Blockchain can initiate a practical and continuous monitoring of financial statements, but governments will carefully monitor their use to ensure that it does not interfere with their ability to collect taxes, according to the accounting professors.
The increasing use of shared data and blockchain makes continuous control more feasible because technology can detect transaction differences more quickly, Miklos Vasarhelyi, director of accounting at Reuters University, told the American Accounting Association on August 6th.
"Blockchain is perfect for continuous auditing because every moment you close a block is a time when you can collect data," Vasarhelyi said. Blockchain is becoming "very relevant" to accounting and auditing, he said.
However, "governments need taxes," Vasarhelyi said. "If they can not observe the transactions, they can not collect taxes, so you have to expect that most of the digital currencies suffer some form of government regulation."
Blockchain is a transaction logging mechanism in which transactions, particularly in cryptocurrencies, are stored securely and verifiably in data blocks of computer networks.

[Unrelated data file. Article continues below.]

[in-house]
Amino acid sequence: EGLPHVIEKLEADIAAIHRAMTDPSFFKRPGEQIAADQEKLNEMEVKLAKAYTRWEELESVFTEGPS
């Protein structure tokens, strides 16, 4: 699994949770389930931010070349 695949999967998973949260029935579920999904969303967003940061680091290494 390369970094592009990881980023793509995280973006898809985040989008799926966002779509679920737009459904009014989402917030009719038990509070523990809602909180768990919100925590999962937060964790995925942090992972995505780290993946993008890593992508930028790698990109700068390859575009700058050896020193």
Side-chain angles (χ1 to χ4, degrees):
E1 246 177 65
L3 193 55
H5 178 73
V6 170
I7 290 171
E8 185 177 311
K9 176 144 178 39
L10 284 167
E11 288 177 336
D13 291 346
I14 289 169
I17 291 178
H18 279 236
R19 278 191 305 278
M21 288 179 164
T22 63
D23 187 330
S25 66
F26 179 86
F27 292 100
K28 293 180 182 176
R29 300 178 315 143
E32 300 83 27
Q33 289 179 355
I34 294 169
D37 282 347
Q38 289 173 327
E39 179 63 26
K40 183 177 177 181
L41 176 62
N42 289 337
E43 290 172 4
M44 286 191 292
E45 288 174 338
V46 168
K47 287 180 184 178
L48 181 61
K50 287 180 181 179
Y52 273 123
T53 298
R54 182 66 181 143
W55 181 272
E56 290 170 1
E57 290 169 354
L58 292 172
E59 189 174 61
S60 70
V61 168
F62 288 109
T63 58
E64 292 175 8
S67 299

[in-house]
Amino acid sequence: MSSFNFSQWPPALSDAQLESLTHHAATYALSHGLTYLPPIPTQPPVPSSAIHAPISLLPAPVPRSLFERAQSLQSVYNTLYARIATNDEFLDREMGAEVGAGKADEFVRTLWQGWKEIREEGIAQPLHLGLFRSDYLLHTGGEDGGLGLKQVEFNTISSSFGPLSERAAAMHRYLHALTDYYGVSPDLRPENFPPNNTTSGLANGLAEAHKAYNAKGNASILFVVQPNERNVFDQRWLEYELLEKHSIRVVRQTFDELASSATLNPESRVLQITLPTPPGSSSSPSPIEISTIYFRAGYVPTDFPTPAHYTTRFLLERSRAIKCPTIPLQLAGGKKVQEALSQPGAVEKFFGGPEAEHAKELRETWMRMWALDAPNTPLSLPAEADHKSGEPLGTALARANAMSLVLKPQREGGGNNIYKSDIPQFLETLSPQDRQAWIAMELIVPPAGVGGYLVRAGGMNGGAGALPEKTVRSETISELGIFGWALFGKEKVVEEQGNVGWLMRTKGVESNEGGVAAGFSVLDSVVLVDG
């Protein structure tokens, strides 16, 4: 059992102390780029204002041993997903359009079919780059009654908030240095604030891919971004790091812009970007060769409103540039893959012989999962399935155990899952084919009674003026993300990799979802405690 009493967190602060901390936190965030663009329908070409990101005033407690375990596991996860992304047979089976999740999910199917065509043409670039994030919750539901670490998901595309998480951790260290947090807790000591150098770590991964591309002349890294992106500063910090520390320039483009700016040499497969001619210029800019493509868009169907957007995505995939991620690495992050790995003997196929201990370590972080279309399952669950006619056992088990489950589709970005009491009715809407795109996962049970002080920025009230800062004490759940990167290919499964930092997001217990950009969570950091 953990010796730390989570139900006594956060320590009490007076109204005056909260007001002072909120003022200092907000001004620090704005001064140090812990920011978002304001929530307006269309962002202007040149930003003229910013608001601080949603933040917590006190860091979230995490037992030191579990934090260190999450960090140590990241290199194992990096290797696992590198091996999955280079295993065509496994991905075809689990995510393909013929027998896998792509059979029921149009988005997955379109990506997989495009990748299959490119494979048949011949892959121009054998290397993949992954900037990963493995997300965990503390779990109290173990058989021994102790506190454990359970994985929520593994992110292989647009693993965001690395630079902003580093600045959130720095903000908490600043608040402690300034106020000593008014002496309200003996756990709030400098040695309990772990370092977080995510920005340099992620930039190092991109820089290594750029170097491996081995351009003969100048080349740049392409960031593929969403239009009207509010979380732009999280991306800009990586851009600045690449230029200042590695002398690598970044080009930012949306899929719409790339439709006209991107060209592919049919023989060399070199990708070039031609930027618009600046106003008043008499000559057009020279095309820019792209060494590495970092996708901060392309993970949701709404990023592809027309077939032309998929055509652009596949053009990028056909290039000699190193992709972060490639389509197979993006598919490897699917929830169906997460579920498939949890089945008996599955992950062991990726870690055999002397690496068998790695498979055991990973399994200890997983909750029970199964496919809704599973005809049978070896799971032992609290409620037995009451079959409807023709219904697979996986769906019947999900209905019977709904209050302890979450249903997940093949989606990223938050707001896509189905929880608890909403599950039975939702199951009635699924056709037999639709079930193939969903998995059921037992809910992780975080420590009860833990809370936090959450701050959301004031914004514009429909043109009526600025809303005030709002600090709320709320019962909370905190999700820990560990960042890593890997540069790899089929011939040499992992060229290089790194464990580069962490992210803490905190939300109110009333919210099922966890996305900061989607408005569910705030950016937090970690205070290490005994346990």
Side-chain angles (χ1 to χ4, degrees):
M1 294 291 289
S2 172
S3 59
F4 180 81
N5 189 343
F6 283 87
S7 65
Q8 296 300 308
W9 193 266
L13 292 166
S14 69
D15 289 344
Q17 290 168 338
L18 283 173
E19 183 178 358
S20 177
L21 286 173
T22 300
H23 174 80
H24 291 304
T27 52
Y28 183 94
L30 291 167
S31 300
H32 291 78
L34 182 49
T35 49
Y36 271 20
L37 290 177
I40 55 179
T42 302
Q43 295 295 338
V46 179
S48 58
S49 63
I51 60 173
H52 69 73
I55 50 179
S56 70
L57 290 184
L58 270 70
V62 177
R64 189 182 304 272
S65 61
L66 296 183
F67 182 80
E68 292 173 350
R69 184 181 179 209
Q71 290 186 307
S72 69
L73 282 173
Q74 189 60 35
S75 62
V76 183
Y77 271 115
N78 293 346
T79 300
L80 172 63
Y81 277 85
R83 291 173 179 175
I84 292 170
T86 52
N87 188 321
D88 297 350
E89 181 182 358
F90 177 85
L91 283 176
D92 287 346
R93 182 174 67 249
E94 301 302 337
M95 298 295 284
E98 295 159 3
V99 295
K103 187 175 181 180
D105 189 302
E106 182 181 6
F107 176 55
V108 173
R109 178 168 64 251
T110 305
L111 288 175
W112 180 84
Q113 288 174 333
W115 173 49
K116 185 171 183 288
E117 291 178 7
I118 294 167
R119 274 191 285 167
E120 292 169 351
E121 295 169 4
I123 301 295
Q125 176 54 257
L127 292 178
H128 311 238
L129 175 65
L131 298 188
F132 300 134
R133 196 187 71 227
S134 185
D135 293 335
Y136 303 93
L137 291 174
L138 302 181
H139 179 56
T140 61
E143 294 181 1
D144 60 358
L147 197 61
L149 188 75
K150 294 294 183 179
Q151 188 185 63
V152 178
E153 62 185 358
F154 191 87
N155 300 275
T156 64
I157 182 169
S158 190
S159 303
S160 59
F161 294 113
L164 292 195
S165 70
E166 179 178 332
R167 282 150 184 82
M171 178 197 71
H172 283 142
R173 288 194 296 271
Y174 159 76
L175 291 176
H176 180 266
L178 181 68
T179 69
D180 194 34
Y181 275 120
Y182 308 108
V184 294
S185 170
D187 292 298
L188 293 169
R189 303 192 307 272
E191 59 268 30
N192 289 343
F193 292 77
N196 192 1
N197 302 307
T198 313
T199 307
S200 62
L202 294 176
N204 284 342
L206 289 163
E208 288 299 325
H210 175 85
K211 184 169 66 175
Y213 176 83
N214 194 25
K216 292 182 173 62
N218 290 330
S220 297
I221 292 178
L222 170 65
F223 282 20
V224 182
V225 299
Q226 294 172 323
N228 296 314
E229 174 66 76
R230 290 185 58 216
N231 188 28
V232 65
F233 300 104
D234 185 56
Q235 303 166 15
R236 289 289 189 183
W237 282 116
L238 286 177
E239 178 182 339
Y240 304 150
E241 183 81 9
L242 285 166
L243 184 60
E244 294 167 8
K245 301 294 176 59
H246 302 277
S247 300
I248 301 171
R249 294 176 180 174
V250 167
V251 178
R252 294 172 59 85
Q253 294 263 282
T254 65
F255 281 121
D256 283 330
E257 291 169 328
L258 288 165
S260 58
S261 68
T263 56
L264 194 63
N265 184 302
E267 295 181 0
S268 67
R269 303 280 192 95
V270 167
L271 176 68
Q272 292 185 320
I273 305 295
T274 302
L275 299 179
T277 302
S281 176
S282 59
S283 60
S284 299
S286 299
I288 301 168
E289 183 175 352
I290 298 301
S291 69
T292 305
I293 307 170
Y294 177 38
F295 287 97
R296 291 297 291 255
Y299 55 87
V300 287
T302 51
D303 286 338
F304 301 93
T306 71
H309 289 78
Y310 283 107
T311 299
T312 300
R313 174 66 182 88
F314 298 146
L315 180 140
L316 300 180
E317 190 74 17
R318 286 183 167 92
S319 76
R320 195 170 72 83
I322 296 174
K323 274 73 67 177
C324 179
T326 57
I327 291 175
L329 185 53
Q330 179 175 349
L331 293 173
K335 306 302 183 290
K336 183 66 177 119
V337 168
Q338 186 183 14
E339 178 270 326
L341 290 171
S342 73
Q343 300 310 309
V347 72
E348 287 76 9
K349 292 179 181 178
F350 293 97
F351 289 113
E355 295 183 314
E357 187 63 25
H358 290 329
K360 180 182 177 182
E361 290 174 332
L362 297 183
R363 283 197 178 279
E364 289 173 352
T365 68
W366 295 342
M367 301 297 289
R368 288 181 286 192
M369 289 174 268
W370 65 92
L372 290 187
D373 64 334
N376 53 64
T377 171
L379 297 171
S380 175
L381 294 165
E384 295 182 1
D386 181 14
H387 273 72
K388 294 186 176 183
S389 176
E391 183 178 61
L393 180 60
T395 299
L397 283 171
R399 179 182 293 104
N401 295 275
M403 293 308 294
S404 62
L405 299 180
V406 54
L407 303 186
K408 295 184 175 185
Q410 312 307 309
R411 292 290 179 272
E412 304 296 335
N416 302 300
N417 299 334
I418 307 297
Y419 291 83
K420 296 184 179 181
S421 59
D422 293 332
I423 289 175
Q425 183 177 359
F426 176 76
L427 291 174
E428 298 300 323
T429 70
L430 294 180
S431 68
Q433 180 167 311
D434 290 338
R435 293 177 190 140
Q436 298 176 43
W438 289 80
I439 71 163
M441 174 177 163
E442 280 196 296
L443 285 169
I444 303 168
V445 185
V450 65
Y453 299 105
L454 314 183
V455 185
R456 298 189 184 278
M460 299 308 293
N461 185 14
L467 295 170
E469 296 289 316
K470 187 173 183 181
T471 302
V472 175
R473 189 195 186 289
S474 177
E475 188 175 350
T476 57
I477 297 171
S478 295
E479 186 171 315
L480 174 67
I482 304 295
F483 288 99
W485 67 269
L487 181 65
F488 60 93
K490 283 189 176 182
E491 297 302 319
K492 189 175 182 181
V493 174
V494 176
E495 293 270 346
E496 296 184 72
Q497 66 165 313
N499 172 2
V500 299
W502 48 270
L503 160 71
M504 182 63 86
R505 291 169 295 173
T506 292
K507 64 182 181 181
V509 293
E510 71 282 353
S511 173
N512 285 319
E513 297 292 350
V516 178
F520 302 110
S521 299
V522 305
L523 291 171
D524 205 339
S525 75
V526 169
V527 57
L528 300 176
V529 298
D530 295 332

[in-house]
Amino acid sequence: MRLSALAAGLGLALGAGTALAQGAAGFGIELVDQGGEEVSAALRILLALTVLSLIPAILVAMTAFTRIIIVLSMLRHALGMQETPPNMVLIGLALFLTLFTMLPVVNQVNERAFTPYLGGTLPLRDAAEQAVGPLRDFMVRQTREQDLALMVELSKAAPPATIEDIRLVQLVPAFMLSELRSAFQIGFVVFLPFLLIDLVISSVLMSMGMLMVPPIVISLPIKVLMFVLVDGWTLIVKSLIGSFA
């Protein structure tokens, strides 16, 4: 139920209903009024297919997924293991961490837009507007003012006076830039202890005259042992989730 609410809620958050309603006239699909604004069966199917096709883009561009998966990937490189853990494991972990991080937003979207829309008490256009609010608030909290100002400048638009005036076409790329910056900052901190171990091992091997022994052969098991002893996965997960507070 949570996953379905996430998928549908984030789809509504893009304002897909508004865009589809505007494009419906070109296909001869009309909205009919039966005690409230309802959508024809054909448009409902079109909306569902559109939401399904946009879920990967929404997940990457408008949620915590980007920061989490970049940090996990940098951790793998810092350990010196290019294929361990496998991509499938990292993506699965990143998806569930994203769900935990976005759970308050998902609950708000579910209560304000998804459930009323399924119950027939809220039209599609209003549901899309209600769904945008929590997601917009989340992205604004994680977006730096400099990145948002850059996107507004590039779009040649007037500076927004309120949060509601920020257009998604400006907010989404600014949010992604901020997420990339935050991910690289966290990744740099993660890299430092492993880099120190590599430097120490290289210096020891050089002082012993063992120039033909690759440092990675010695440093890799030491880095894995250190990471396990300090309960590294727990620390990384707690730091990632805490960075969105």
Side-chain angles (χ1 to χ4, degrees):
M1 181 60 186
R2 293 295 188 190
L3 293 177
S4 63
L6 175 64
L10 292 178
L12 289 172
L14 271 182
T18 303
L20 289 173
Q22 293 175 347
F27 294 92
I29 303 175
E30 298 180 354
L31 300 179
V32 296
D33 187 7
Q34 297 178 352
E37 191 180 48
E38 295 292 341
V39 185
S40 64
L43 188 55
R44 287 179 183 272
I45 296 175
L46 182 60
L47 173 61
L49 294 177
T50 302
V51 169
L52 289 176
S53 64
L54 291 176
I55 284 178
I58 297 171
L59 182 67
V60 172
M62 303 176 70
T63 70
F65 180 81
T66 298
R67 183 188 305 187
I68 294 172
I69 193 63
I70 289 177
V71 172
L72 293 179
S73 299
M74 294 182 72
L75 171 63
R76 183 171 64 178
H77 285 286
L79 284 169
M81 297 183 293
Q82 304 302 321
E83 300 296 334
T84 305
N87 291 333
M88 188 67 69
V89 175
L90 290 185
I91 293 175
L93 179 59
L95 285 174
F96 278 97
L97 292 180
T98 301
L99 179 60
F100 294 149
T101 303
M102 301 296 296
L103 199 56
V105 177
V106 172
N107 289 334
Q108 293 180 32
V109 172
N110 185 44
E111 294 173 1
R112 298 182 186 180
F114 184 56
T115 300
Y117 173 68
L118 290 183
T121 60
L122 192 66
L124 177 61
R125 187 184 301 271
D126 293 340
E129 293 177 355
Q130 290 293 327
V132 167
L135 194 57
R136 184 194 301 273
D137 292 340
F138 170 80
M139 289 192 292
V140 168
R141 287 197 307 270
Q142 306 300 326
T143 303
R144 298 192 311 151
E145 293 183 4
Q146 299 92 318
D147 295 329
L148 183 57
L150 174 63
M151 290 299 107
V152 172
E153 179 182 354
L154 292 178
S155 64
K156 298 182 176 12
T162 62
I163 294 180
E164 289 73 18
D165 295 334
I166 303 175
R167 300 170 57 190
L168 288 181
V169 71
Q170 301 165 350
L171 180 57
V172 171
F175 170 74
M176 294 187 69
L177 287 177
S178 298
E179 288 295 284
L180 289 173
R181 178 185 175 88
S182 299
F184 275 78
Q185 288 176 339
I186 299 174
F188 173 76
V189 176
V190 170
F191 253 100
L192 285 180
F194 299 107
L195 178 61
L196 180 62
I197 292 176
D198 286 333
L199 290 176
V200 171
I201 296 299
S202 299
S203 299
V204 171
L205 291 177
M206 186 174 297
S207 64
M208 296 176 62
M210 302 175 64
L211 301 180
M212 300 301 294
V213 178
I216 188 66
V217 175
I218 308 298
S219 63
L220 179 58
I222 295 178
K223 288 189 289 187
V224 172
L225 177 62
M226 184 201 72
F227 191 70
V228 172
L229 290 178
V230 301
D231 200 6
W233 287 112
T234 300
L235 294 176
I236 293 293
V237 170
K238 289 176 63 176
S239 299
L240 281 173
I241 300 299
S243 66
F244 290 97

Blockchain "is just another technology that will interrupt the way we verify, why we verify" and the profession must become familiar with the operation and its potential, Shaun Budnik, an audit partner at KPMG LLP, he declared to the AAA.
Distributed Ledger Technology
The first thing that Jay Thibodeau, director of accounting and auditing curriculum at Bentley University in Waltham, Massachussets, stresses for his students on the potential impact of blockchain on auditing is " the more general term ", the technology of distributed ledgers," he said. "The reason I do this is to note the term & # 39; ledger & # 39 ;. So if you're an accounting professional and you're not worried about generalized accounting technology, I think you should be. "
A distributed ledger is a consensus of replicated, shared, and synchronized digital data across multiple sites. a central administrator or a centralized storage of data.
Vasarhelyi said that all supervisory authorities in the control of the European Union have launched "a large blockchain initiative" to understand their use and the implications for auditing All European large and medium-sized auditing firms have also "started something in blockchain".
European authorities and businesses are examining "all the angles", including the potential of blockchain for tracing "public records of real estate transactions in underdeveloped countries" "And using it to manage the stock exchanges, said Vasarhelyi.